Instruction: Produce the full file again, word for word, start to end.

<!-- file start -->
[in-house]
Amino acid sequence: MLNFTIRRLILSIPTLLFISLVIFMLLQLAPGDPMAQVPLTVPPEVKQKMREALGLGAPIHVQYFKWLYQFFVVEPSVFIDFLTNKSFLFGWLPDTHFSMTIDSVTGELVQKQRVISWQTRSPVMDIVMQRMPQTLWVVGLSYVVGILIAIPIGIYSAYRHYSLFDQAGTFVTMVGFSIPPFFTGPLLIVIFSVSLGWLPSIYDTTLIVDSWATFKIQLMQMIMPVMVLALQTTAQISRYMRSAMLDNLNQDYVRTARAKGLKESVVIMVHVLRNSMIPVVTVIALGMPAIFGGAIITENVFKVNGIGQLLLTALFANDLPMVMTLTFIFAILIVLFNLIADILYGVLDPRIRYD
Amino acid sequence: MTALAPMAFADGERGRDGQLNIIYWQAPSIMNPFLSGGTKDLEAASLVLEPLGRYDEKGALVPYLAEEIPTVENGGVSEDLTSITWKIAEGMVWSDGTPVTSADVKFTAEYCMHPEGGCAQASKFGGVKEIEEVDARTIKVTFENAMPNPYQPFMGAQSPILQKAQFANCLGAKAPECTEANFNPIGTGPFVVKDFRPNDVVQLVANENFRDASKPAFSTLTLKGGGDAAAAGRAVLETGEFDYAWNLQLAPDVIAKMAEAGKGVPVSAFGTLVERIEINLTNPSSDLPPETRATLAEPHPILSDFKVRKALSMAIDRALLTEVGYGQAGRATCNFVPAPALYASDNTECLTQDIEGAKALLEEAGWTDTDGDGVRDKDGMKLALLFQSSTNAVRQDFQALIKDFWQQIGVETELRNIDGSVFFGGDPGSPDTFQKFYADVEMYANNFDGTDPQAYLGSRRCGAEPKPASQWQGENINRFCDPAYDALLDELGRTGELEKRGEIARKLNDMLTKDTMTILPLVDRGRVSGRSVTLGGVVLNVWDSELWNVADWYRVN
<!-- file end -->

[in-house]
Amino acid sequence: MLNFTIRRLILSIPTLLFISLVIFMLLQLAPGDPMAQVPLTVPPEVKQKMREALGLGAPIHVQYFKWLYQFFVVEPSVFIDFLTNKSFLFGWLPDTHFSMTIDSVTGELVQKQRVISWQTRSPVMDIVMQRMPQTLWVVGLSYVVGILIAIPIGIYSAYRHYSLFDQAGTFVTMVGFSIPPFFTGPLLIVIFSVSLGWLPSIYDTTLIVDSWATFKIQLMQMIMPVMVLALQTTAQISRYMRSAMLDNLNQDYVRTARAKGLKESVVIMVHVLRNSMIPVVTVIALGMPAIFGGAIITENVFKVNGIGQLLLTALFANDLPMVMTLTFIFAILIVLFNLIADILYGVLDPRIRYD
Amino acid sequence: MTALAPMAFADGERGRDGQLNIIYWQAPSIMNPFLSGGTKDLEAASLVLEPLGRYDEKGALVPYLAEEIPTVENGGVSEDLTSITWKIAEGMVWSDGTPVTSADVKFTAEYCMHPEGGCAQASKFGGVKEIEEVDARTIKVTFENAMPNPYQPFMGAQSPILQKAQFANCLGAKAPECTEANFNPIGTGPFVVKDFRPNDVVQLVANENFRDASKPAFSTLTLKGGGDAAAAGRAVLETGEFDYAWNLQLAPDVIAKMAEAGKGVPVSAFGTLVERIEINLTNPSSDLPPETRATLAEPHPILSDFKVRKALSMAIDRALLTEVGYGQAGRATCNFVPAPALYASDNTECLTQDIEGAKALLEEAGWTDTDGDGVRDKDGMKLALLFQSSTNAVRQDFQALIKDFWQQIGVETELRNIDGSVFFGGDPGSPDTFQKFYADVEMYANNFDGTDPQAYLGSRRCGAEPKPASQWQGENINRFCDPAYDALLDELGRTGELEKRGEIARKLNDMLTKDTMTILPLVDRGRVSGRSVTLGGVVLNVWDSELWNVADWYRVN